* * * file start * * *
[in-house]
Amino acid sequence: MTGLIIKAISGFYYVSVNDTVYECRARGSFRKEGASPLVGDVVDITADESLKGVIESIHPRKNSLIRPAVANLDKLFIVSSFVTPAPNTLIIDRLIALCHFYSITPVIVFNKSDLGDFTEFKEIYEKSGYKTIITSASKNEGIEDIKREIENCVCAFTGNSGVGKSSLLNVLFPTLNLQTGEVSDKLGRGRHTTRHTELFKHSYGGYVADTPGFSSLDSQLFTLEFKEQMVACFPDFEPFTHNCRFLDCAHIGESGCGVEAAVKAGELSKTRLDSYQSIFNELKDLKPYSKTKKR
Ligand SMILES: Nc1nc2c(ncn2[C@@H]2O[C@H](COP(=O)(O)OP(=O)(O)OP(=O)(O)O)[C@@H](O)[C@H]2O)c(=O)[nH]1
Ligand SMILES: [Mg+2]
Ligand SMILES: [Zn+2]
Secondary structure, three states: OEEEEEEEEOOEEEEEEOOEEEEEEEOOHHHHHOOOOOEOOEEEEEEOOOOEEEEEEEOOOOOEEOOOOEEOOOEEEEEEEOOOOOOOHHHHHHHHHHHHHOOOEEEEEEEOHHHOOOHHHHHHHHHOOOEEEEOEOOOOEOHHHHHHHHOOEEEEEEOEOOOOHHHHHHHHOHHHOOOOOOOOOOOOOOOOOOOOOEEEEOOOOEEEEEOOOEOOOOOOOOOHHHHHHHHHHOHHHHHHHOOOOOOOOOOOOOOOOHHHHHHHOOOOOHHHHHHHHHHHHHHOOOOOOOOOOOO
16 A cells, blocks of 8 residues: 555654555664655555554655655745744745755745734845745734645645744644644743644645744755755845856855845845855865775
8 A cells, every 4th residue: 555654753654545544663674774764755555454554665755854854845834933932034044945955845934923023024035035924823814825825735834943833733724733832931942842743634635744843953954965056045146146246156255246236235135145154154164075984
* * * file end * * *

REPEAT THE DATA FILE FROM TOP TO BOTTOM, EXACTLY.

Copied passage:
[in-house]
Amino acid sequence: MTGLIIKAISGFYYVSVNDTVYECRARGSFRKEGASPLVGDVVDITADESLKGVIESIHPRKNSLIRPAVANLDKLFIVSSFVTPAPNTLIIDRLIALCHFYSITPVIVFNKSDLGDFTEFKEIYEKSGYKTIITSASKNEGIEDIKREIENCVCAFTGNSGVGKSSLLNVLFPTLNLQTGEVSDKLGRGRHTTRHTELFKHSYGGYVADTPGFSSLDSQLFTLEFKEQMVACFPDFEPFTHNCRFLDCAHIGESGCGVEAAVKAGELSKTRLDSYQSIFNELKDLKPYSKTKKR
Ligand SMILES: Nc1nc2c(ncn2[C@@H]2O[C@H](COP(=O)(O)OP(=O)(O)OP(=O)(O)O)[C@@H](O)[C@H]2O)c(=O)[nH]1
Ligand SMILES: [Mg+2]
Ligand SMILES: [Zn+2]
Secondary structure, three states: OEEEEEEEEOOEEEEEEOOEEEEEEEOOHHHHHOOOOOEOOEEEEEEOOOOEEEEEEEOOOOOEEOOOOEEOOOEEEEEEEOOOOOOOHHHHHHHHHHHHHOOOEEEEEEEOHHHOOOHHHHHHHHHOOOEEEEOEOOOOEOHHHHHHHHOOEEEEEEOEOOOOHHHHHHHHOHHHOOOOOOOOOOOOOOOOOOOOOEEEEOOOOEEEEEOOOEOOOOOOOOOHHHHHHHHHHOHHHHHHHOOOOOOOOOOOOOOOOHHHHHHHOOOOOHHHHHHHHHHHHHHOOOOOOOOOOOO
16 A cells, blocks of 8 residues: 555654555664655555554655655745744745755745734845745734645645744644644743644645744755755845856855845845855865775
8 A cells, every 4th residue: 555654753654545544663674774764755555454554665755854854845834933932034044945955845934923023024035035924823814825825735834943833733724733832931942842743634635744843953954965056045146146246156255246236235135145154154164075984